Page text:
Anne Parker, PhD

Professor Emeritx of Ecopsychology & Environmental Studies
BA Environmental Studies, MA Ecopsychology
PhD, University of Oregon, Geography; MA, University of Oregon, Geography; MA, Indiana University, Inner Asian Studies; BS, University of California at Berkeley, Conservation of Natural Resources
BA Environmental Studies, MA Ecopsychology
Past and present course titles: Ecopsychology in Applied Context / Ecopsychology Initiatory and Winter Intensives / Ecopsychology Masters Project Online / Groups as Living Systems / MA Capstone seminar / Leadership Skills Seminar / Applied Leadership Project / The New Science and Its Cultural Implications / Wilderness Solo / Physical Geography / Geography Pilgrimage and Sacred Landscape / Traditional Culture and Contemporary Issues of Bhutan / Contemplative Intercultural Studies / Guided Independent Study in Bhutan / Culture/Nature Partnership (a yearlong service learning course on Ecological Restoration) / Service Learning: Ecological Restoration, Water Quality and Watersheds / Sustainable Communities, Environmental Problem Solving, Indigenous Peoples and Environmental Issues / ENV MA Masters Thesis Seminar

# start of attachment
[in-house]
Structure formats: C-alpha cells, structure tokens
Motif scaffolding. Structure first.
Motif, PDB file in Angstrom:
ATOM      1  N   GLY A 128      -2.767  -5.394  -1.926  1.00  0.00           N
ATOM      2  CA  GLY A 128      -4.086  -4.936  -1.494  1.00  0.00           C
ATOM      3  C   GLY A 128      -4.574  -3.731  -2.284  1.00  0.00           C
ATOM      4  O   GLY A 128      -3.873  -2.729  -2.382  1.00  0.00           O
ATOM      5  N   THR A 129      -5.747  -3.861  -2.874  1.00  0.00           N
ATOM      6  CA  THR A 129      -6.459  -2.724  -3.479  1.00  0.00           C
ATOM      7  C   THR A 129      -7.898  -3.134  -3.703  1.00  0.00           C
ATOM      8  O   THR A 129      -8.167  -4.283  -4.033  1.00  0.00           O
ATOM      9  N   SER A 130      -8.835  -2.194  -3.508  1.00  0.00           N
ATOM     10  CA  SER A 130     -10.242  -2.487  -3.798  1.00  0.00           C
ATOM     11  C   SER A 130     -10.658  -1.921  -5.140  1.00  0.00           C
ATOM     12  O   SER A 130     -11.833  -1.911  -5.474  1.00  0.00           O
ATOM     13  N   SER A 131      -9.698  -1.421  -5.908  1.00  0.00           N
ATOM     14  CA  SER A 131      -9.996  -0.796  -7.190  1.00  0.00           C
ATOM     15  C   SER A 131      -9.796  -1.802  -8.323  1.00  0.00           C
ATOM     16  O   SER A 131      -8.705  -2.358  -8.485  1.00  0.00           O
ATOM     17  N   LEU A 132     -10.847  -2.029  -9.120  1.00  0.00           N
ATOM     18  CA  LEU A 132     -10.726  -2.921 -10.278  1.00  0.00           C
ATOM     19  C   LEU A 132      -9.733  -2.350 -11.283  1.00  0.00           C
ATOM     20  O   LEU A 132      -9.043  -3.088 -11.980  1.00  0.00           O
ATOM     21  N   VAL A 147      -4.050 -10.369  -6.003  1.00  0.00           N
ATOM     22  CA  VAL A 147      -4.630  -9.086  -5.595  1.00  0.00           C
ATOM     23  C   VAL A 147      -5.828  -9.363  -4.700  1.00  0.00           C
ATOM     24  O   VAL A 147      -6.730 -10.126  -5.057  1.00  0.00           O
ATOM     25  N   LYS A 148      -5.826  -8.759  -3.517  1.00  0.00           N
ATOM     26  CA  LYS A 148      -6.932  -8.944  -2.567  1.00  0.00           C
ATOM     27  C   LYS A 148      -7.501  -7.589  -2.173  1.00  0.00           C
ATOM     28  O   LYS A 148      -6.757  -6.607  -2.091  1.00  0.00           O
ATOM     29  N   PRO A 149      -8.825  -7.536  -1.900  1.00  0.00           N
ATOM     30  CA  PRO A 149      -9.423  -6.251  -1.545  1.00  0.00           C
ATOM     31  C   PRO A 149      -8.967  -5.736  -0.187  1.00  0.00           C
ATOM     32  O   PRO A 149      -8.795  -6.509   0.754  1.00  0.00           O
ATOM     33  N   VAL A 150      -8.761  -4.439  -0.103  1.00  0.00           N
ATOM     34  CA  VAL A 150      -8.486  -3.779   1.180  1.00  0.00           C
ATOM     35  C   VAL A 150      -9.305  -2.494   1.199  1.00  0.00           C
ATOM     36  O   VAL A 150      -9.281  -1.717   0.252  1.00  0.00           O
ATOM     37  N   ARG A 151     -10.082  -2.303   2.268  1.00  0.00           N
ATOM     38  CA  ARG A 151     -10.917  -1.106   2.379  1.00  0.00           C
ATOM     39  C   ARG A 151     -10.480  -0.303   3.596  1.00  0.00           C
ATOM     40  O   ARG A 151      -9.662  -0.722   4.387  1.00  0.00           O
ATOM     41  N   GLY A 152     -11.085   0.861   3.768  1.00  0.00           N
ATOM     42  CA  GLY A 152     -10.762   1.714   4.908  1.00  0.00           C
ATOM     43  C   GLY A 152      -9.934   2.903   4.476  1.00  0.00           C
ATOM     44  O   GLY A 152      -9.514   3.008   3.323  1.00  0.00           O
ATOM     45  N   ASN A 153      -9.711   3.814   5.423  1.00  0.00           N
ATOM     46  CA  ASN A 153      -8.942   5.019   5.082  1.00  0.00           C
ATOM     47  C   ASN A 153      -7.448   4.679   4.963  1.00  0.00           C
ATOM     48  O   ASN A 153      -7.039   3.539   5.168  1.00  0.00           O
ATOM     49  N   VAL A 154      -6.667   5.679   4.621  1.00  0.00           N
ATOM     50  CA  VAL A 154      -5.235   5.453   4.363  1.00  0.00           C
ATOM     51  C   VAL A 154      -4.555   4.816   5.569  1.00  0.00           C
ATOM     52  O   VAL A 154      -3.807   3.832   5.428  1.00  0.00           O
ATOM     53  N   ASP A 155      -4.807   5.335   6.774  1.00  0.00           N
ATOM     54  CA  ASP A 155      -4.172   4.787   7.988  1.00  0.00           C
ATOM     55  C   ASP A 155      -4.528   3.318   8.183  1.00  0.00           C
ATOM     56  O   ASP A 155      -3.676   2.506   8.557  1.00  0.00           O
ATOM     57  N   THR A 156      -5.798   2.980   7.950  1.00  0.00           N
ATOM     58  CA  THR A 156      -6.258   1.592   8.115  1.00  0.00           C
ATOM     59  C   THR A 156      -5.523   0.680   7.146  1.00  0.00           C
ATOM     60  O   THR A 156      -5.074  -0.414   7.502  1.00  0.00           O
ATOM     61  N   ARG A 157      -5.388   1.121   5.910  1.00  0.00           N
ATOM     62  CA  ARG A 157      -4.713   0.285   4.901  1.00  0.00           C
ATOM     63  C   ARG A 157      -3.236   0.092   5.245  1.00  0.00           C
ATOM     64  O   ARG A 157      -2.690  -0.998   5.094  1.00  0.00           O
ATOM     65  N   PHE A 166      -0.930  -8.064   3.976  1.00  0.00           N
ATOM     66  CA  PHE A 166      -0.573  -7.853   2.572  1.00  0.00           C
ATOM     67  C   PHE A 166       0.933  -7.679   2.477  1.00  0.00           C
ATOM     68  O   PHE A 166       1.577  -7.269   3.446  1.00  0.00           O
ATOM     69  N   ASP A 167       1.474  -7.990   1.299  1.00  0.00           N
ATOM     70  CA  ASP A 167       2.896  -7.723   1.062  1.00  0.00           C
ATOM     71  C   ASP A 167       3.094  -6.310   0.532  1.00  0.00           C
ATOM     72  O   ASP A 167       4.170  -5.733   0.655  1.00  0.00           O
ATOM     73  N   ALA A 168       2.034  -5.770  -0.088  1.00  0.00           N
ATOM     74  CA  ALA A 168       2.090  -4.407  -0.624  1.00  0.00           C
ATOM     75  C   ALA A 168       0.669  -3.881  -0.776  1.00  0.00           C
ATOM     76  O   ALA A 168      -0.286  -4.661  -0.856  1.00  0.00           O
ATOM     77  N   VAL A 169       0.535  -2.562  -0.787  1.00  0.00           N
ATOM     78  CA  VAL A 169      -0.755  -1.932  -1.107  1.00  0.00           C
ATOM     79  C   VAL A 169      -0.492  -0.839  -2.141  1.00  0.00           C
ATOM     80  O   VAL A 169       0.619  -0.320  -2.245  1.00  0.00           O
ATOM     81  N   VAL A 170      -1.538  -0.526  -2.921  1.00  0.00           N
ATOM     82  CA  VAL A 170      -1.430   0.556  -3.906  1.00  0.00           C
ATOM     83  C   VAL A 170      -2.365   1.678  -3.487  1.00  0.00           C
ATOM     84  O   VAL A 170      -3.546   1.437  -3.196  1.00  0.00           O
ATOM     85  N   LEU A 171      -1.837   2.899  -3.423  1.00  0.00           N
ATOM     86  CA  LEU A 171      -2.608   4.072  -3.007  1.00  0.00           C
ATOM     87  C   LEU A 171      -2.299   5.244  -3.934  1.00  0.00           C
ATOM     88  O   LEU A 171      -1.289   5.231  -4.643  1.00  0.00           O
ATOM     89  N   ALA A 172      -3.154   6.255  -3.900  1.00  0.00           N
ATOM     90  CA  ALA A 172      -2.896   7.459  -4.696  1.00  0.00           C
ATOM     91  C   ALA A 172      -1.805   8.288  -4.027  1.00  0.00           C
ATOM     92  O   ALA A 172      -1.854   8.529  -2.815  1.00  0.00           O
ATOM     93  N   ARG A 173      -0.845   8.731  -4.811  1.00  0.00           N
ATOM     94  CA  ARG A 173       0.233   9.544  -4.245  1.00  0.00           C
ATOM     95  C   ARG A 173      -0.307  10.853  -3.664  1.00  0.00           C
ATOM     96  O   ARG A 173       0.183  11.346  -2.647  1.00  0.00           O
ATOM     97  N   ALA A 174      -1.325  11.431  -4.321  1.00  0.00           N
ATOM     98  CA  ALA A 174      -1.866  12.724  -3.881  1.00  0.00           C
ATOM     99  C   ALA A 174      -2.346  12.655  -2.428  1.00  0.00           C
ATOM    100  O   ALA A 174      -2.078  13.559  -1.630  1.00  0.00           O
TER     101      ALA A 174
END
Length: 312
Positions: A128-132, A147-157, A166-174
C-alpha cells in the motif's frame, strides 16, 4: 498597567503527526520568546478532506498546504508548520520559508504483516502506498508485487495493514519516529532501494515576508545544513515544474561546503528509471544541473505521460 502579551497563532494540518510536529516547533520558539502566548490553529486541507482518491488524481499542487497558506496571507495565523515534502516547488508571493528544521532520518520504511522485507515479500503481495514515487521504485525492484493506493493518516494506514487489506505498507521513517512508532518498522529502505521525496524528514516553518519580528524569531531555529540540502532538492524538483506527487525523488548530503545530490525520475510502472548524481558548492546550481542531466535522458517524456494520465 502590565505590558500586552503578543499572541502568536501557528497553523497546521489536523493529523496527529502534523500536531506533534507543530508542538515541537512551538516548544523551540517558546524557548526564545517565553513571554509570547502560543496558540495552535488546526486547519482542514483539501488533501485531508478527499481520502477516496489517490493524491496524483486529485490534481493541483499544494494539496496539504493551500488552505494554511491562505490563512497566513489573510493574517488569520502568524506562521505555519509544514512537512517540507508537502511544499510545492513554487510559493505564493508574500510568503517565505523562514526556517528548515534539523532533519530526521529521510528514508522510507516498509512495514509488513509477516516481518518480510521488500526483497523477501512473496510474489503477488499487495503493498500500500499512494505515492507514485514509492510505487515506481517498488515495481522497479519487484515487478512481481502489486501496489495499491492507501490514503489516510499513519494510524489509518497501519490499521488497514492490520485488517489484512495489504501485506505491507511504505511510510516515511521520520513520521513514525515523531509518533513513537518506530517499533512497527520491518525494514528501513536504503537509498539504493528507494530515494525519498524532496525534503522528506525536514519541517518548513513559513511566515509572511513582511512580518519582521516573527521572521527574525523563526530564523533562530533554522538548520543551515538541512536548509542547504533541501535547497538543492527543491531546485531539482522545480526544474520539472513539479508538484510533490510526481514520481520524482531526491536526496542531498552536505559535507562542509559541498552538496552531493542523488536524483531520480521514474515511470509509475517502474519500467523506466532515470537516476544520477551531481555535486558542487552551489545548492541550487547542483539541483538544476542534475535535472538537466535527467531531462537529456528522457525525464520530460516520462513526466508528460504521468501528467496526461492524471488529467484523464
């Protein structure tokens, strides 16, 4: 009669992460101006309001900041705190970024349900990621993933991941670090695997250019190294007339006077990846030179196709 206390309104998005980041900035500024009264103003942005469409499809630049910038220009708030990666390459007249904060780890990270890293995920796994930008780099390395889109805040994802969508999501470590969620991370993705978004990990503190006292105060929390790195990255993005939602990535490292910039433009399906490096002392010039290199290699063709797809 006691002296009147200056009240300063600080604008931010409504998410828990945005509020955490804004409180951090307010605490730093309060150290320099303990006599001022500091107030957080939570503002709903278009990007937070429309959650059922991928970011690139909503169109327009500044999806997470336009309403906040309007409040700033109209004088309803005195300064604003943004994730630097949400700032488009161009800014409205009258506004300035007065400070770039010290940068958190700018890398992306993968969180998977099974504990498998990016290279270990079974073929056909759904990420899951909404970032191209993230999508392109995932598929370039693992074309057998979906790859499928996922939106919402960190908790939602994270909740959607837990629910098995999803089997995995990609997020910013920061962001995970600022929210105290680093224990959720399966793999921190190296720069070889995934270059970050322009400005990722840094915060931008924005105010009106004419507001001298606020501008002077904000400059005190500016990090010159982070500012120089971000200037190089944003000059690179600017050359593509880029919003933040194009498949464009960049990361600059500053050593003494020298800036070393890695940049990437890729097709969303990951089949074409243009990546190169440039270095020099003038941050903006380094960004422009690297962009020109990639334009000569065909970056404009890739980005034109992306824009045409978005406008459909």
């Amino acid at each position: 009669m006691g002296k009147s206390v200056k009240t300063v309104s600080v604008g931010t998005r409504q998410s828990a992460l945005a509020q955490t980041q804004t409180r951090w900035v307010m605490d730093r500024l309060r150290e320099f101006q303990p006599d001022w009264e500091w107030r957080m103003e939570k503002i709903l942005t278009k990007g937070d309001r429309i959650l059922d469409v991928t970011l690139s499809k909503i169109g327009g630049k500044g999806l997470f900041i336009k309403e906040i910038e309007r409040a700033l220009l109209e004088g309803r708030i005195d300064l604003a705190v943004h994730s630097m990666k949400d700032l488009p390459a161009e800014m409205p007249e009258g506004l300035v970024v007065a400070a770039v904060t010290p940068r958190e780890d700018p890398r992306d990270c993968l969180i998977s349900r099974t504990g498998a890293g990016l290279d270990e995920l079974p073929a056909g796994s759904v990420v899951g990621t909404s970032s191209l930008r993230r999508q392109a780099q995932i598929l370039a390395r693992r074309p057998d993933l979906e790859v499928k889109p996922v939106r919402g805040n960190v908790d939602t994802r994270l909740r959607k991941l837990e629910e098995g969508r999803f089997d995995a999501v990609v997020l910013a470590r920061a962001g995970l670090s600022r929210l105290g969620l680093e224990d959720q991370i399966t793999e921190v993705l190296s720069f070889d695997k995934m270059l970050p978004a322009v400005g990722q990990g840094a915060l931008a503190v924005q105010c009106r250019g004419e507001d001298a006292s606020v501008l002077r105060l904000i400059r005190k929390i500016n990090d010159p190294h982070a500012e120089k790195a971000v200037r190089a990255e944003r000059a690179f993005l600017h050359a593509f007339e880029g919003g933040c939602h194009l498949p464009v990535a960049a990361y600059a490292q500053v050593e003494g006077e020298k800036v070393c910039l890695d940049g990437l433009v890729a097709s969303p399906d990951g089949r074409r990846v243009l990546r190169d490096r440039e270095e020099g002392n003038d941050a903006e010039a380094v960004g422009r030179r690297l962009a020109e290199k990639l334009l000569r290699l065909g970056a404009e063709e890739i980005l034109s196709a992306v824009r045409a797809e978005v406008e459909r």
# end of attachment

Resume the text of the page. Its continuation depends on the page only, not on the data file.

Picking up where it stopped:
Anne Z. Parker is Professor of Ecopsychology in Naropa University’s MA in Ecopsychology and BA in Environmental Studies. She has taught as Professor of Environmental Studies, as a full-time Naropa University faculty member in both the BA in Environmental Studies and MA in Resilient Leadership since 1996.